Stephens v. Miller
United States Court of Appeals for the Seventh Circuit
13 F.3d 998 (7th Cir.), cert. denied, 513 U.S. 808 (1994)
Lonnie Stephens (defendant) was charged with rape, a charge he denied. The victim and Stephens told two different stories of the events. In the victim’s story, Stephens, a casual acquaintance of the victim, was dropped off at the victim’s trailer by Stephens’ friend. The victim was sleeping on the couch while other family members slept in the bedrooms. The victim awoke and found Stephens standing inside the door. Stephens made advances at the victim and she called out for her sister. Stephen continued his advances, and eventually, threw the victim down on the couch and attempted to rape her. The victim pushed Stephens off her and ran screaming into the bedroom. Stephens ran away to a nearby friends’ house and told them he had been at a convenience store. He also told his friend who had dropped him off at the victim’s trailer to say that he had left him at the convenience store. Stephens’ story was that the victim invited him in after he was dropped off at her trailer. One thing led to another and the victim and Stephens had consensual sex. Stephens claimed that at one point during sex, he said “Don’t you like it like this [doggy style]? Tim Hall said you did.” Stephens also claimed that he said something to the victim about “switching partners.” According to Stephens, the victim became very upset, told Stephens to leave (which he did), and then fabricated an attempted rape story as retaliation. The trial court did not permit Stephens to testify as to the nature of the statements he made to the victim because they violated Indiana’s rape shield statute. It only permitted him to testify that he made statements to the victim that angered her and caused her to fabricate the attempted rape story. Stephens was convicted. The Indiana Supreme Court affirmed. Stephens petitioned the federal district court for habeas corpus, and was denied. Stephens appealed the denial of habeas corpus. Stephens argued that the limitation on his right to testify as to what he said to the victim violated his constitutional right to testify in his own defense and that the evidentiary doctrine of res gestae means that he had the right to present evidence of happenings near in time and place to the alleged offense which complete the story of the crime.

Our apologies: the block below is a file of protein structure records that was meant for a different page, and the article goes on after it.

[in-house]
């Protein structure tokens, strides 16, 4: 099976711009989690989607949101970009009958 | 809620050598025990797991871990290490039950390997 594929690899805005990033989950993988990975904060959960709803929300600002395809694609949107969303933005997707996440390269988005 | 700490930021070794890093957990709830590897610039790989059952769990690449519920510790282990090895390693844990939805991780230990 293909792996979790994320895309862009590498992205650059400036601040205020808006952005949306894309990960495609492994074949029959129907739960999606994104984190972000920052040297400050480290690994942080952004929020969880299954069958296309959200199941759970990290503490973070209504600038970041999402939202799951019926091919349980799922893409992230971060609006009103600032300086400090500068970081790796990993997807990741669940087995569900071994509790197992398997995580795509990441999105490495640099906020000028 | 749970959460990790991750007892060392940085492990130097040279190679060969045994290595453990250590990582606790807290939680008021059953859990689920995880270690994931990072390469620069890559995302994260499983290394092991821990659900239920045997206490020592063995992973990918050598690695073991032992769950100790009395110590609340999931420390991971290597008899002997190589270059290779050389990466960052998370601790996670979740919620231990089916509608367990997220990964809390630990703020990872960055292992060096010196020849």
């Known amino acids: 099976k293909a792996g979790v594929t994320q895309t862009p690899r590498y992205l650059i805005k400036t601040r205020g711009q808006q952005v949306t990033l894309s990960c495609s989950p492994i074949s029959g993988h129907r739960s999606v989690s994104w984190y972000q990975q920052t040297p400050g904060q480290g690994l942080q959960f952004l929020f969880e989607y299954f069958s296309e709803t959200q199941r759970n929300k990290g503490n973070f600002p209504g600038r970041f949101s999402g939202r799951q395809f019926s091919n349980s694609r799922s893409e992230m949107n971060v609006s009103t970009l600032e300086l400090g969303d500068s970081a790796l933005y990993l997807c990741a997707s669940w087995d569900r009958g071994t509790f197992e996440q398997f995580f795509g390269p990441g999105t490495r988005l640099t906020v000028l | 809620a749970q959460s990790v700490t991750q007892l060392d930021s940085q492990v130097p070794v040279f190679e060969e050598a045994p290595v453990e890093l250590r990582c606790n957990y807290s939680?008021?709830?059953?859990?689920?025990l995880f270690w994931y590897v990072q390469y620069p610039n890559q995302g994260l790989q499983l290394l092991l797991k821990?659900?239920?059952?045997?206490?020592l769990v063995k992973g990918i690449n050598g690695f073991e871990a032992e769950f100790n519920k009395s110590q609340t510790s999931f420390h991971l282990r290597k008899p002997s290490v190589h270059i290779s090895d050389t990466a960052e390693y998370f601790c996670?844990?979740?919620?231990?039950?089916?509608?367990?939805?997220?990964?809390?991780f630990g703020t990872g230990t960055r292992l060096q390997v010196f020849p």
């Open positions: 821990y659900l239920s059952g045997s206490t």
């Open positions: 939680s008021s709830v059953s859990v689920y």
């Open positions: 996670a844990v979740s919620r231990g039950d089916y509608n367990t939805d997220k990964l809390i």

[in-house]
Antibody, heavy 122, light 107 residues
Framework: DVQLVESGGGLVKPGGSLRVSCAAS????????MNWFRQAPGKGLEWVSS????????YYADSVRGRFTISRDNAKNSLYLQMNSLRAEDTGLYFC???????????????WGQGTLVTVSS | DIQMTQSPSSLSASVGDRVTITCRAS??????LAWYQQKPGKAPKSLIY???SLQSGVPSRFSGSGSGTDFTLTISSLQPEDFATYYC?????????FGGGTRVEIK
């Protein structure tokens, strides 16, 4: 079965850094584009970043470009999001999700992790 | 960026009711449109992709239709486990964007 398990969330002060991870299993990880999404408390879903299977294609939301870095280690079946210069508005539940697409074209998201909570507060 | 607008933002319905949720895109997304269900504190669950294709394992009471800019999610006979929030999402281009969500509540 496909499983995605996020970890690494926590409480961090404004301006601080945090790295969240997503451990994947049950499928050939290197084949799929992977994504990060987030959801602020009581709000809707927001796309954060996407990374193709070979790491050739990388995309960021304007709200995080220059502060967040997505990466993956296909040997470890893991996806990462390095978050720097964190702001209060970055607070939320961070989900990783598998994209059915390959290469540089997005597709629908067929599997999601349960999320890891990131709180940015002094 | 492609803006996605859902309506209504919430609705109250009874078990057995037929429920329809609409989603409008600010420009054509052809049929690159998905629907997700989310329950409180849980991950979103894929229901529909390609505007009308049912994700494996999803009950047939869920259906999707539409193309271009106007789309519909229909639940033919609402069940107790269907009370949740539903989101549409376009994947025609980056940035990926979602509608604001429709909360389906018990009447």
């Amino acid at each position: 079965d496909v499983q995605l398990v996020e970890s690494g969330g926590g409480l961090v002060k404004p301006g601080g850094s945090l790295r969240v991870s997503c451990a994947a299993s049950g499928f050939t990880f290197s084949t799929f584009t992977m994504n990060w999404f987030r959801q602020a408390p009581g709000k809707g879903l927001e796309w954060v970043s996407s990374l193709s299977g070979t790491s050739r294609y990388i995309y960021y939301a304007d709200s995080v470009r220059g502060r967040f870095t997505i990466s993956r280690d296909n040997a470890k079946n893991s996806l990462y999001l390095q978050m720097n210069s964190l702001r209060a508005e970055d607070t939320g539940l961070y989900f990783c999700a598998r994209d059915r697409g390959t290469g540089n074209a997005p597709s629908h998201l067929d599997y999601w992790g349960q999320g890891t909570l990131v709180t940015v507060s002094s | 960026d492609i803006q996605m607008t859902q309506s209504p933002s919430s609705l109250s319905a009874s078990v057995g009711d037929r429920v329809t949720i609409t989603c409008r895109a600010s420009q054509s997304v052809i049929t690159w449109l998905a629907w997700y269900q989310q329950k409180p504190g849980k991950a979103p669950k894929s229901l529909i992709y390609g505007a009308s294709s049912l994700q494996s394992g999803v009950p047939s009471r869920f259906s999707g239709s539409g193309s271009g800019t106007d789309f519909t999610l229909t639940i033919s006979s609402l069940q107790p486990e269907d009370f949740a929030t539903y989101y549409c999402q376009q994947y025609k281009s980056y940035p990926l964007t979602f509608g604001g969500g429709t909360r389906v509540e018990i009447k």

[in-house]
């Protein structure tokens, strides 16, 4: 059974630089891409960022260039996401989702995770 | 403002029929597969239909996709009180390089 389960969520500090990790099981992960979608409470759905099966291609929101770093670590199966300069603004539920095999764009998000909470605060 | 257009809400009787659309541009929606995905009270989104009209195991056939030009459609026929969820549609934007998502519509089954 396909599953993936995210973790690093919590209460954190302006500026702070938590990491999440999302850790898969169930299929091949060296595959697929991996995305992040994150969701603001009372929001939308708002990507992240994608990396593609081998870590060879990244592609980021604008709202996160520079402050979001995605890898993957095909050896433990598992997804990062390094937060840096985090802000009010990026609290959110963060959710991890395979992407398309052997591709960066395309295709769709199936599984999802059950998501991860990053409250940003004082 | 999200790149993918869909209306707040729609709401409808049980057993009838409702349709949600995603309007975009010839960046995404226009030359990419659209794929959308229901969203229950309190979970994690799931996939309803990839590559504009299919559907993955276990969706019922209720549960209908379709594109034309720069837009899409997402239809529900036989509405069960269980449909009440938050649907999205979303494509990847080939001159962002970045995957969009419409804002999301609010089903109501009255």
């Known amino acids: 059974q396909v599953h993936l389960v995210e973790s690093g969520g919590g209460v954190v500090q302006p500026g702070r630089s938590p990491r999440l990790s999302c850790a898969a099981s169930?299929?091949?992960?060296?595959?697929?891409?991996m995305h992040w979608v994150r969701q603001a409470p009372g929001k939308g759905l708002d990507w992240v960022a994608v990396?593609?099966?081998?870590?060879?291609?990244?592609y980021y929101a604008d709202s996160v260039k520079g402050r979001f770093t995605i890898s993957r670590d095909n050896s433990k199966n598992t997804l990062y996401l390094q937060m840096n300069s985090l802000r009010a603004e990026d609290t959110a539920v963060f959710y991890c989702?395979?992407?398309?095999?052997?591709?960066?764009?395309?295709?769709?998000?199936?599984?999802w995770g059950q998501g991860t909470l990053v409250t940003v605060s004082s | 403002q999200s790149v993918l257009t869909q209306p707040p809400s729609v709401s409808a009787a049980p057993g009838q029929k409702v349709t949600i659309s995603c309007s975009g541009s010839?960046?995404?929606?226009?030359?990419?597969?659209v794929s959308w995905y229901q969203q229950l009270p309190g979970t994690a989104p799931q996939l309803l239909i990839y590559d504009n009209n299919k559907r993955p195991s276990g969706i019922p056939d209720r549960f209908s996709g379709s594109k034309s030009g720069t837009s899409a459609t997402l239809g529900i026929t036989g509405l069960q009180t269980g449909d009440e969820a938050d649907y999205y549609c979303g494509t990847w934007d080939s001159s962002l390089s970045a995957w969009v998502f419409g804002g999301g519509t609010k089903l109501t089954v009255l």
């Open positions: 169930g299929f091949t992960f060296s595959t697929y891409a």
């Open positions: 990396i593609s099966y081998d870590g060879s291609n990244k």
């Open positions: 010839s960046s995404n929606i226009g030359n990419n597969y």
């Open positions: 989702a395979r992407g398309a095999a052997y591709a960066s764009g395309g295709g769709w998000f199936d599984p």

Rule of Law
Holding and Reasoning (Bauer, J.)
Dissent (Cummings, J.)
What to do next…
Unlock this case brief with a free (no-commitment) trial membership of Quimbee.
You’ll be in good company: Quimbee is one of the most widely used and trusted sites for law students, serving more than 97,000 law students since 2011. Some law schools—such as Yale, Vanderbilt, Berkeley, and the University of Illinois—even subscribe directly to Quimbee for all their law students. Read our student testimonials.
Learn more about Quimbee’s unique (and proven) approach to achieving great grades at law school.
Quimbee is a company hell-bent on one thing: helping you get an “A” in every course you take in law school, so you can graduate at the top of your class and get a high-paying law job. We’re not just a study aid for law students; we’re the study aid for law students. Read more about Quimbee.
Here's why 168,000 law students have relied on our case briefs:
- Written by law professors and practitioners, not other law students. 13,800 briefs, keyed to 187 casebooks. Top-notch customer support.
- The right amount of information, includes the facts, issues, rule of law, holding and reasoning, and any concurrences and dissents.
- Access in your classes, works on your mobile and tablet. Massive library of related video lessons and high quality multiple-choice questions.
- Easy to use, uniform format for every case brief. Written in plain English, not in legalese. Our briefs summarize and simplify; they don’t just repeat the court’s language.